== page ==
European Seas Face Grave Danger

EU – A recent assessment by the European Environment Agency (EEA) showed that the continuous changes related to over-exploitation of natural resources, causing biodiversity loss, climate change and other human activities that continue to increase, are leading to a degradation of marine ecosystems and the services and benefits provided by them.

Sea surface temperature is increasing ten times faster in the last 25 years, oxygen depletion (hypoxia) is affecting marine life and ocean acidification is going faster in recent decades: the combined effects of these three major effects decrease the overall resilience of marine ecosystems and make them more vulnerable. 

The new report Marine messagespublished in february paints a worrying picture of Europe’s seas. However climate change is the major indirect pressure on the marine environment because it makes marine ecosystems more sensitive to other pressure like transport, industry, fishing, offshore energy and tourism, seafloor damage, pollution by nutrient enrichment and contaminants that can ultimately lead to an irreversible degradation. This is a challenge and Europe has the responsibility to face it, starting from citizen Acknowledgement that provides an overview of the many challenges: our seas are our future and it is essential moving towards a new understanding starting to be conscious of at least ten important facts about the ecosystems beneath the weaves.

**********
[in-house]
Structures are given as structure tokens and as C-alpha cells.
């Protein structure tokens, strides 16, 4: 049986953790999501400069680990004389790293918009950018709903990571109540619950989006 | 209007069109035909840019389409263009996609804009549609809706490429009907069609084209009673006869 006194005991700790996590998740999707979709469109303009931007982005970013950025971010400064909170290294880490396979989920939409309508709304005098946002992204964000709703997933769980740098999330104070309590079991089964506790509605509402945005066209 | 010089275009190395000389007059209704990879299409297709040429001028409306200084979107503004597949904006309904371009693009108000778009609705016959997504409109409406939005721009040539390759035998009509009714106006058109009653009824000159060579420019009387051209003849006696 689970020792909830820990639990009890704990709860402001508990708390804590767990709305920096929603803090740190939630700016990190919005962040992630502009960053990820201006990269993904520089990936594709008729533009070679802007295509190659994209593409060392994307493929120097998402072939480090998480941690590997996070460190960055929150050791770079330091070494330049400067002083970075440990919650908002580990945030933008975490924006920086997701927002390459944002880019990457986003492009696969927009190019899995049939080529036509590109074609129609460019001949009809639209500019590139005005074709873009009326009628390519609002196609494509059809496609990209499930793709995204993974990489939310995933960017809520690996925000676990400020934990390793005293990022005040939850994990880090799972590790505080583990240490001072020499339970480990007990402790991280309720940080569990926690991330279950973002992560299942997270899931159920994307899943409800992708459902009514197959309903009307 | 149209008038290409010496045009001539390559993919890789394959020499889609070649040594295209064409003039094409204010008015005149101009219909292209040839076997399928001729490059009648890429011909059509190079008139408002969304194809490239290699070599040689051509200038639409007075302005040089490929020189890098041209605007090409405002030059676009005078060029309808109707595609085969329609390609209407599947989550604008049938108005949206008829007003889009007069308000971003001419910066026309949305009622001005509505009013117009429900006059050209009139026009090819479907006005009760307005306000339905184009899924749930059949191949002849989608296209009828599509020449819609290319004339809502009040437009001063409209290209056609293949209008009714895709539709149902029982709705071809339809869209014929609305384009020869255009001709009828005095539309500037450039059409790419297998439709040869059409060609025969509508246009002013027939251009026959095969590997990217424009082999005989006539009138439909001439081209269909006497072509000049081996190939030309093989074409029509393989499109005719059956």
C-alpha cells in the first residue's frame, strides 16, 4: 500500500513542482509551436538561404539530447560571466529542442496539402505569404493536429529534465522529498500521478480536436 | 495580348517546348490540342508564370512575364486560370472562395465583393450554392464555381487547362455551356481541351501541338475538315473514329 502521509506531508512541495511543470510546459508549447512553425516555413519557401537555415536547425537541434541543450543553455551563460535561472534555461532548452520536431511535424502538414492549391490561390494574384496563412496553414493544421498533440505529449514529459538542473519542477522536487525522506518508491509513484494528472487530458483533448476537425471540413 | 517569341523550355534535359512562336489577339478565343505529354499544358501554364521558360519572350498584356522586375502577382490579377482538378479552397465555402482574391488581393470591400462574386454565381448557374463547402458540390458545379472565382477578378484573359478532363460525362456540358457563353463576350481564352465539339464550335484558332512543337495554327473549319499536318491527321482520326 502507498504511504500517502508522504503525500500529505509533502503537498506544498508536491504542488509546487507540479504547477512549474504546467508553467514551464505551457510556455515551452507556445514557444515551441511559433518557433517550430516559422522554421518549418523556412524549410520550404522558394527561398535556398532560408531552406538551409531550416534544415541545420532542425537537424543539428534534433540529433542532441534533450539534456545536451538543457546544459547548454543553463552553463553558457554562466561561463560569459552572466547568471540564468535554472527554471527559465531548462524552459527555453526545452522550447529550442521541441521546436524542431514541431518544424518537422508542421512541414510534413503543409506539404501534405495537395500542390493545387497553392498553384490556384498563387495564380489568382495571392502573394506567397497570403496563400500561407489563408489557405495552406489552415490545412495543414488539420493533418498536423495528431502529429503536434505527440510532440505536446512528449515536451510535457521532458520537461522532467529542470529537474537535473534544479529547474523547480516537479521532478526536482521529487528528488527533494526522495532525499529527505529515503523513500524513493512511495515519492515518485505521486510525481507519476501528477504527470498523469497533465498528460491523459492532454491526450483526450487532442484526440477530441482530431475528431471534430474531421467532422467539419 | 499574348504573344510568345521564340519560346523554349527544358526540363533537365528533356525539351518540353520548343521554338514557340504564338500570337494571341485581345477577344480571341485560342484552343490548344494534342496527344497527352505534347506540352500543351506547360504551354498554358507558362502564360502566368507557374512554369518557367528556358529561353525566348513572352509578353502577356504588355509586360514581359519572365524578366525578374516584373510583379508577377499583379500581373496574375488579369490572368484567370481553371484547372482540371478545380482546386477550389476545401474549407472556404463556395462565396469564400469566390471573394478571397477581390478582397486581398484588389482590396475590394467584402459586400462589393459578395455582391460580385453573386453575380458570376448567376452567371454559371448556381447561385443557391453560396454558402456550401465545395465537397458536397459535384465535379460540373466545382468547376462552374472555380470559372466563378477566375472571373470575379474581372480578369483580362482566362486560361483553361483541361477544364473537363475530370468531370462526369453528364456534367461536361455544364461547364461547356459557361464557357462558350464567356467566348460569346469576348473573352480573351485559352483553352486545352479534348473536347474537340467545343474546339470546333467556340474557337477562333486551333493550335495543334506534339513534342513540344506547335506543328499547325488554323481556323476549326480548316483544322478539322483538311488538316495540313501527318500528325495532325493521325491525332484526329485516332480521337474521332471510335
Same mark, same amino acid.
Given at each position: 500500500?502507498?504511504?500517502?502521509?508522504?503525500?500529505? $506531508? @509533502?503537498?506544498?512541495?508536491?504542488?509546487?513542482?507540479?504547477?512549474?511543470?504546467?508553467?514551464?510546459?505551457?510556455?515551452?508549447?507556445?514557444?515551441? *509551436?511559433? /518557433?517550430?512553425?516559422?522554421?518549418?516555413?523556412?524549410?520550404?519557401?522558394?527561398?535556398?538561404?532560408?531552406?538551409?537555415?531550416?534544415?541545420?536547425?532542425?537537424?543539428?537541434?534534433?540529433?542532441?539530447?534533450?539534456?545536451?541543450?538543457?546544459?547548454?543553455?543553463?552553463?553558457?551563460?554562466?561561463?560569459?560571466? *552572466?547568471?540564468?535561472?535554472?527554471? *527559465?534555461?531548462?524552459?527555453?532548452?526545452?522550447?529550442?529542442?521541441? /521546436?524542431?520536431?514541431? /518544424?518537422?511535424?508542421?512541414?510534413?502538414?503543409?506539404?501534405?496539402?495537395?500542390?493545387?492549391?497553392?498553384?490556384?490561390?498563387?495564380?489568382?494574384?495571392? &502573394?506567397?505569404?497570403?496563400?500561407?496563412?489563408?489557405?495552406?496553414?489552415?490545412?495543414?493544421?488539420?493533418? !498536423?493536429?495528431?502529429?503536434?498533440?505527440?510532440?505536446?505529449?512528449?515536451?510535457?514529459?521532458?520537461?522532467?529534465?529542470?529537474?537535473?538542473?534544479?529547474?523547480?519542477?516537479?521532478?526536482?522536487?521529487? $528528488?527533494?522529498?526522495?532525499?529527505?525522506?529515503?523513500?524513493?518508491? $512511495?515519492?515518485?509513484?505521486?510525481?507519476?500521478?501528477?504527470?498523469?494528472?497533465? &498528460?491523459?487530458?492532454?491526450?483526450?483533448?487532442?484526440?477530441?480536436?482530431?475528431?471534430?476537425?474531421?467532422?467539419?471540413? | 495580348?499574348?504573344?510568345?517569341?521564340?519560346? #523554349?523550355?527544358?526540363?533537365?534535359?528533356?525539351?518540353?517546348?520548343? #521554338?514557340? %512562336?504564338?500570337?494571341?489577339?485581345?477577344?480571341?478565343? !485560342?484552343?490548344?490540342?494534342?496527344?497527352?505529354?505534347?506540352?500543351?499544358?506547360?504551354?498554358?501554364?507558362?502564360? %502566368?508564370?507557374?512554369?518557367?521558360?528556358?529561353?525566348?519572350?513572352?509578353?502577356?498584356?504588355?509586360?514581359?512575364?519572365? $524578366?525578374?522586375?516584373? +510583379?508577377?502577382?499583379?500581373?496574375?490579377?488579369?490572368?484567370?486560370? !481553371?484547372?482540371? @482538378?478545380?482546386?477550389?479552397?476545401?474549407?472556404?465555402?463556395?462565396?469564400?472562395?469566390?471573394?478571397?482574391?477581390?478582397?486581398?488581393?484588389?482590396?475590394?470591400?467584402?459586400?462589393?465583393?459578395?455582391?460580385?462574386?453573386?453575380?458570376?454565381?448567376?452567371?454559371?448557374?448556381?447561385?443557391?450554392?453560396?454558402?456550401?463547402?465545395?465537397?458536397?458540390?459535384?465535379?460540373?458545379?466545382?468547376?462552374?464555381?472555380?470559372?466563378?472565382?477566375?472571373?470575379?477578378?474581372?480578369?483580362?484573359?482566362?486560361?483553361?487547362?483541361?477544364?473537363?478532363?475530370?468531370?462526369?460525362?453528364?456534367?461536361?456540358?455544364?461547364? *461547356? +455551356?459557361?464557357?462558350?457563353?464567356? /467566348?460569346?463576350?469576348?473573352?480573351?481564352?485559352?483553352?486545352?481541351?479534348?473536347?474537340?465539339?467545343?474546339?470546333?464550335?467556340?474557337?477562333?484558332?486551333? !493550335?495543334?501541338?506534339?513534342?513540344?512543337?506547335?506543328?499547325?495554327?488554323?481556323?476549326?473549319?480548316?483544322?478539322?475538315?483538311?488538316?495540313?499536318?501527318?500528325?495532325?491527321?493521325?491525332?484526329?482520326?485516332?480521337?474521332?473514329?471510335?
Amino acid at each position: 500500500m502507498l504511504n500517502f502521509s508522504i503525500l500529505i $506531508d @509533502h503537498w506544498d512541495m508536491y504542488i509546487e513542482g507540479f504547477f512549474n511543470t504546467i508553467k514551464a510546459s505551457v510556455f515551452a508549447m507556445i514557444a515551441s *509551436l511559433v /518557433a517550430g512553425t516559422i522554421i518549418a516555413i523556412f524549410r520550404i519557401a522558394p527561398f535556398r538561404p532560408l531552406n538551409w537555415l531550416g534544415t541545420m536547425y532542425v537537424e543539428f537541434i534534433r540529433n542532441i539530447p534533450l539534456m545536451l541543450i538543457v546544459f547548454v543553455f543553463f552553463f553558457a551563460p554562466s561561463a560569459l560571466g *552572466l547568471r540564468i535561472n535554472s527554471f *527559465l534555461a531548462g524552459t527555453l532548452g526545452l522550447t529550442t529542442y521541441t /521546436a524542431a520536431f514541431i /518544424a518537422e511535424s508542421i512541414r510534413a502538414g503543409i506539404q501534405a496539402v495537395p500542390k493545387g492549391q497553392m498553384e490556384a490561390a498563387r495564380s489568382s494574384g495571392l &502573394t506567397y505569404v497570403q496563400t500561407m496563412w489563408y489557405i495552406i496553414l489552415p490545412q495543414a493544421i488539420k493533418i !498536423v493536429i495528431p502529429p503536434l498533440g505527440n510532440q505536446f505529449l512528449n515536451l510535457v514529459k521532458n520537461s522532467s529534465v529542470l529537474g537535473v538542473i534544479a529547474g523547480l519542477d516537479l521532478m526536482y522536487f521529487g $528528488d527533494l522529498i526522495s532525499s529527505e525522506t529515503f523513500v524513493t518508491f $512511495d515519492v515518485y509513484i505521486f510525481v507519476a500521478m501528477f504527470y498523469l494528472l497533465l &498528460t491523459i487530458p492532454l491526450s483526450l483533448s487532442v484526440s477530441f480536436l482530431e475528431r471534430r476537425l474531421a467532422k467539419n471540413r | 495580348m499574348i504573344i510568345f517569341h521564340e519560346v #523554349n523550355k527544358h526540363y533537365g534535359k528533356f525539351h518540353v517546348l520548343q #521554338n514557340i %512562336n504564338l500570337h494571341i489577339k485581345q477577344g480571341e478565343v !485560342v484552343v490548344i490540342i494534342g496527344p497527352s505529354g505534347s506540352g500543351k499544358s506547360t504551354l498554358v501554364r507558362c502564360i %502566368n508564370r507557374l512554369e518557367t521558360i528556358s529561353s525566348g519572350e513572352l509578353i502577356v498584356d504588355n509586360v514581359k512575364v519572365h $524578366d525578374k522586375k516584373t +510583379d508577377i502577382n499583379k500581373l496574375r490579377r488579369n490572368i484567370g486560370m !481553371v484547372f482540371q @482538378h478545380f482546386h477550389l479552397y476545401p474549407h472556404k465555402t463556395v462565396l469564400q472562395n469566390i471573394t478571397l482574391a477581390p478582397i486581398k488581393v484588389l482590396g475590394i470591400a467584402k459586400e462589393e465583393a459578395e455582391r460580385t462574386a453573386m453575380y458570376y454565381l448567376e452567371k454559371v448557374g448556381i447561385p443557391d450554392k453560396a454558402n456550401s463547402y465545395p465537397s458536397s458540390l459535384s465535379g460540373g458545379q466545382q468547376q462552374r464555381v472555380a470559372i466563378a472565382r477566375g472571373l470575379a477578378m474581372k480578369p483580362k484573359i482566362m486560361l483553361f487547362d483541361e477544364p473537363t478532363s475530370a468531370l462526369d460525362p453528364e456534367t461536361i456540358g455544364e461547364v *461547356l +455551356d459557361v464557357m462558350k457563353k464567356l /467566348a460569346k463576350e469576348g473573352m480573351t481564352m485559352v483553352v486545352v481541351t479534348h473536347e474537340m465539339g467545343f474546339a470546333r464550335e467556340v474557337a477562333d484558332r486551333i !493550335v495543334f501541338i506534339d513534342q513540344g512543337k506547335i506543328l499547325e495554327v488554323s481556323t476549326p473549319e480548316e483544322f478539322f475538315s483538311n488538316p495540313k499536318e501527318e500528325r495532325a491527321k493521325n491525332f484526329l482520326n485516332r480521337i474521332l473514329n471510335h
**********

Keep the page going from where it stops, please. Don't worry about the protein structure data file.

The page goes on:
The Marine Strategy Framework Directive (MSFD), is a key component of the EU’s policy response to these challenges. The Directive, adopted in 2008, with the aim of protecting and managing our seas and oceans in a sustainable way, sets an ambitious objective but the problems still remain and the situation need to be improved to reach the 2020 EU goal for healthy and productive seas: starting to coordinate better the Member states.

Here are the top ten topics that everyone should know about seas ecosystems:

  1. Acidification from CO2 changing habitats: ocean acidification, associated with the majority of mass extinction events over the last 540 million years, combined with sea surface temperature, oxygen depletion, has occurred a hundred times faster than during past natural events over the previous 55 million years: pH has reduced from 8.2 to 8.1 over the industrial era, making the seas 26 % more acidic. Increased sea surface temperature, acidification and hypoxia are all associated with the majority of mass extinction events over the last 540 million years.

  2. Climate change also harming ecosystems. Sea surface temperature has increased 10 times the average rate since records began in 1870.

  3. Coasts are a habitat for humans. Many EU citizens live in coastal regions, marine and coastal areas have long been drivers of economic growth: maritime activities employ 5.4 million people and have a gross added value of € 330-485 billion. 

  4. Eutrophication pressures, particularly in the Baltic and Black seas. Nutrient emissions in the Baltic seem to be decreasing overall, although problems of eutrophication and related hypoxia have not declined: coastal eutrophication contributes to ecosystem degradation.